Get One For A Friend

Science and Society… Science Education. You’ve heard me speak of this issue so many times here, so I won’t repeat myself too much. Seems that Natalie Angier is in agreement – So much so that she took matters into her capable hands and wrote a book to try to change things: “Canon: A Whirligig Tour of the Beautiful Basics of Science”. I have not read it, but I’ve heard a lovely NPR interview with her today, and she read an extract. You can hear it at this NPR site, and also read an even longer extract there.

natalie angier's canonIn the interview, she backed off a bit from saying that everyone learning a bit of basic science literacy is of vital importance (increasingly so in this day and age, I’d say), although she acknowledges that there are a number of us in the scientific community who do think so. You’ll notice the -perhaps understandably- lighter approach (“these things are fun…” ) that is taken in the book blurb I quote below. While I agree that the fun part is very important indeed (and we really need to get that across a lot!), and that one should always try to persuade rather than scare, I do think that we’re in a dangerous situation sometimes with regards the overall science education and attitude to science of our citizenry. We should definitely not be reluctant to say it. I think that she thinks so too, but does not – when promoting a book – want to make the book seem like it is bitter medicine, but rather, a bit of tasty candy. I’d prefer to think of books like this as a delicious piece of fruit: both tasty and good for you. To be fair, I should mention that in the interview, while declining to subscribe entirely to the view herself, she mentioned a scientist acquaintance who considers the issue as analogous to the urgency for everyone to acquire literacy when the world changed and printing and the written word became common currency. While we are not quite there yet, I’m inclined to agree with that view, on balance…

Well, rather than repeat myself endlessly on this interesting matter, here’s the blurb from her website:

THE CANON is vital reading for anyone who wants to understand the great issues of our time—from stem cells and bird flu to evolution and global warming. And it’s for every parent who has ever panicked when a child asked how the earth was formed or how electricity works. Angier’s sparkling prose and memorable metaphors bring the science to life, reigniting our own childhood delight in discovering how the world works. “Of course you should know about science,” writes Angier, “for the same reason Dr. Seuss counsels his readers to sing with a Ying or play Ring the Gack: These things are fun and fun is good.”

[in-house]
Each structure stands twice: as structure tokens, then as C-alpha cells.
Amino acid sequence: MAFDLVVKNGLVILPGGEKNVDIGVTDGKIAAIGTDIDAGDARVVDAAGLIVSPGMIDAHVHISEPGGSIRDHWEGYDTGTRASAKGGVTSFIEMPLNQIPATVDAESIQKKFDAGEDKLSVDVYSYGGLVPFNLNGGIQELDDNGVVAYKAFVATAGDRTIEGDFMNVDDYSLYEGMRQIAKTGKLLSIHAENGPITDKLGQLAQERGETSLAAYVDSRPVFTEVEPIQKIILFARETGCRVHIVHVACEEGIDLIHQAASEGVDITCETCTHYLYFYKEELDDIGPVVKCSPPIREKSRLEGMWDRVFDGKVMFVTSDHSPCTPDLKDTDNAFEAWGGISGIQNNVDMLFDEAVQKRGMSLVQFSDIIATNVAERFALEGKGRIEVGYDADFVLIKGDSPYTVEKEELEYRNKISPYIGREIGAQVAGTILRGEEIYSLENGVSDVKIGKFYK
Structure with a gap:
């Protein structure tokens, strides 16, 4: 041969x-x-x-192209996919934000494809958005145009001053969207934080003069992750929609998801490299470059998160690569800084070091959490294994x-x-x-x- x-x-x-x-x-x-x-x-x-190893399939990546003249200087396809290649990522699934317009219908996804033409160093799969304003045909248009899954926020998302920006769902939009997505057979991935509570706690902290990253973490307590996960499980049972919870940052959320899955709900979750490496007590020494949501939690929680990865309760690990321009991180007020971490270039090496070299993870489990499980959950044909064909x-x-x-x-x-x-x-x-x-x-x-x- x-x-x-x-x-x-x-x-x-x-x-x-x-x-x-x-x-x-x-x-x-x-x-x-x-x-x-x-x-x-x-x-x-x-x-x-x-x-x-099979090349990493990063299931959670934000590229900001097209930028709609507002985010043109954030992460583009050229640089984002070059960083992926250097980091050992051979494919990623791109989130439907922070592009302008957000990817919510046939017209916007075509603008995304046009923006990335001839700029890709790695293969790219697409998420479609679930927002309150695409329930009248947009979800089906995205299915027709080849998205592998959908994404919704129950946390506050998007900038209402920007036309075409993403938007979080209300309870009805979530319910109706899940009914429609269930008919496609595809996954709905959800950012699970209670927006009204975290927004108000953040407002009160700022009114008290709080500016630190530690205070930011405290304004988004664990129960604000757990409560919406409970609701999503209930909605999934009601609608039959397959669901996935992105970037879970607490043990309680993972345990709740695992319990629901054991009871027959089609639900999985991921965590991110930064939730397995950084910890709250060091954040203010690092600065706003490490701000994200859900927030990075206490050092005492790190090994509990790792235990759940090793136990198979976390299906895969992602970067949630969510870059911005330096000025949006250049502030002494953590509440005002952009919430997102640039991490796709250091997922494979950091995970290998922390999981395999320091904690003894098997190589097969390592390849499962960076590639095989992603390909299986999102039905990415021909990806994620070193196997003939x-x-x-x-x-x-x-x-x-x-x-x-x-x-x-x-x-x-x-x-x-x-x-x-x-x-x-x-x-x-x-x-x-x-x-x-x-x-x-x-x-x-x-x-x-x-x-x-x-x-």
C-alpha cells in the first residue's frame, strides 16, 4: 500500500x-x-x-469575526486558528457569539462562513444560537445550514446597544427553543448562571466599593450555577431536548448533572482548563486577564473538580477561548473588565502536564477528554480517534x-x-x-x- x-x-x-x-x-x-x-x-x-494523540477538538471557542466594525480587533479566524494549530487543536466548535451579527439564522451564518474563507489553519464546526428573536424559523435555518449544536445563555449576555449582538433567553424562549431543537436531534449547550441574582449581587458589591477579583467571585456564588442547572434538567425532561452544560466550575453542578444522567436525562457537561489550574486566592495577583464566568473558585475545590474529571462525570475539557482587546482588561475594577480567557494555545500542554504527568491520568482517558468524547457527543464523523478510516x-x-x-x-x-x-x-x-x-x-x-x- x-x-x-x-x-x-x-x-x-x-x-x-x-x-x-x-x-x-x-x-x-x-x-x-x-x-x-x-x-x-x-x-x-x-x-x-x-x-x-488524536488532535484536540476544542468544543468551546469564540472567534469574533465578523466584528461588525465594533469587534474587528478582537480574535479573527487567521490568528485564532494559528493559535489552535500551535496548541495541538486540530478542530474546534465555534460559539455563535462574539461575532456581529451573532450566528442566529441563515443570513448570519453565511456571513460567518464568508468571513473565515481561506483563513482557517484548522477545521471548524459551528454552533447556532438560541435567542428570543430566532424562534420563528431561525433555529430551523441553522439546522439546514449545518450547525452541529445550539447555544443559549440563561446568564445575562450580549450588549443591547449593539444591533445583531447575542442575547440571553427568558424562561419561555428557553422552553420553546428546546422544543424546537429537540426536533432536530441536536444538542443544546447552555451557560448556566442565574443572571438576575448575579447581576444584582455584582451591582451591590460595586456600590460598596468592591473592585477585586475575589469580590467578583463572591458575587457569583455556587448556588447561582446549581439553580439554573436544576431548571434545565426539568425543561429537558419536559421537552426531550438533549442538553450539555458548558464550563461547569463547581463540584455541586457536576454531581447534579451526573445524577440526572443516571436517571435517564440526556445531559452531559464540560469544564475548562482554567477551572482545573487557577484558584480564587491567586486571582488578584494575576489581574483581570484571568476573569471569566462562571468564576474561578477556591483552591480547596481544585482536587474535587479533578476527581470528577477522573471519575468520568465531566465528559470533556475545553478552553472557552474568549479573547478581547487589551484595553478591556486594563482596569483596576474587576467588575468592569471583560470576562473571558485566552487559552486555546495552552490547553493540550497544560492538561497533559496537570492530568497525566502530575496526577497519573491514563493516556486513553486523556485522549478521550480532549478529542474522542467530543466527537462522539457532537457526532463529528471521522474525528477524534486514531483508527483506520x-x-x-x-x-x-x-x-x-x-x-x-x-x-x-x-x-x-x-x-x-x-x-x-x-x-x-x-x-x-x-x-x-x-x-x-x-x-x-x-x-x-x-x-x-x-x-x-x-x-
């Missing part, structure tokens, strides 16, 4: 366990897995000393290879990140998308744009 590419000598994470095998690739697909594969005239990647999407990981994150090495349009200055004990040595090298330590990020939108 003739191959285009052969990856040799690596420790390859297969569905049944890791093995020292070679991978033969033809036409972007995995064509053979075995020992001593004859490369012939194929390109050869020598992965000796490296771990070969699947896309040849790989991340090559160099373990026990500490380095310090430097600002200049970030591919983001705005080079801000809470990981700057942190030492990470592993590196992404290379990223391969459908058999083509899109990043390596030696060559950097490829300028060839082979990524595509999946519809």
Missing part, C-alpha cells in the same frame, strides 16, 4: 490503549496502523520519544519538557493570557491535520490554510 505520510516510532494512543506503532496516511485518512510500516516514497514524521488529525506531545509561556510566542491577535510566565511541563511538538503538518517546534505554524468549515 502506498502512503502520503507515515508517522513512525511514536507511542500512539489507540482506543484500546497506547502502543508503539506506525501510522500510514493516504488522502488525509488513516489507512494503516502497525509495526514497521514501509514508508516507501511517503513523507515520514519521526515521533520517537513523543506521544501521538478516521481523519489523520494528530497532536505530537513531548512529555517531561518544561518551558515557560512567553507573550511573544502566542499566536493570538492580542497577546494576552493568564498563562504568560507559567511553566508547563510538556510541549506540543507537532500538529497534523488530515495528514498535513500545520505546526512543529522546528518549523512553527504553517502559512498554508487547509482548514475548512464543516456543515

THE CANON is a joyride through the major scientific disciplines: physics, chemistry, biology, geology, and astronomy. Along the way, we learn what’s actually happening when our ice cream melts or our coffee gets cold, what our liver cells do when we eat a caramel, why the horse reveals evolution at work, and how we’re all made of stardust. It’s Lewis Carroll meets Lewis Thomas—a book that will enrapture, inspire, and enlighten.

I’ve not read it, but I’m going to guess that overall, this will be a very good read indeed! From what I gather, it is not one of those books of dry facts. Facts alone do not make science. It sounds like she’s taken care to write a book that also gets across the process, the beauty and the poetry of science. This makes for a good book.

[Update: KC Cole has a review of the book in Sunday’s LA Times book section. She likes it, overall, with some reservations that she explains carefully. Have a look at the review here.]

I hope you might consider reading it, if looking for such a way into a variety of science topics…. and/or give it as a gift to someone who is.



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18 Responses to Get One For A Friend

  1. spyder says:

    Why do i get the feeling of watching a CTW production featuring all sorts of puppets and glitzy greenscreen f/x proclaiming “like you know, how totally fun science, right?” A super-duper rollercoaster ride of thrills and spills, making high school chemistry class seem like an action movie. But then, we have already had so much that, and it doesn’t seem to have gotten us much further down the road–more than 25% of the population of the US believe that their deity will return in 2007???? Maybe science in fun in a twilight zone sort of way?

  2. Pioneer1 says:

    I didn’t read the book, but I was just writing about the issue that, actually, I don’t need to know any science at all to have a good life. I don’t mean like ignorance is bliss, but, like, all of us are specialists in one field, and I don’t see why what is called organized science today should be any more important. There was a comment on my blog saying that interpreting huge data sets is more art than science and I agree. Then, artists are more scientists than scientists. So, why not then leave the science business to the experts? And why should the experts need to proselytize?

  3. Clifford says:

    Continuing the analogy with literacy a little bit more (although we must be careful), isn’t that like saying (at about the time the printing press was getting going)… Why not leave this reading and writing business to the experts? Let some friendly priest or other learned person in the village do your reading for you… where’s the harm?

    Same issue here….. why not just let the government (and its friends in the business world) get on with deciding policy that has anything to do with science. A few years down the road….How did our air get like this? Our water? Our energy policy? Our local transport infrastructure? Our health treatments… etc. Our rivers, streams, parks, oceans…Our environment……. Did we not trust these guys to take care of these issues for us, so we did not have to think about it?


  4. Pioneer1 says:

    This is great quote. I have been thinking about this issue myself.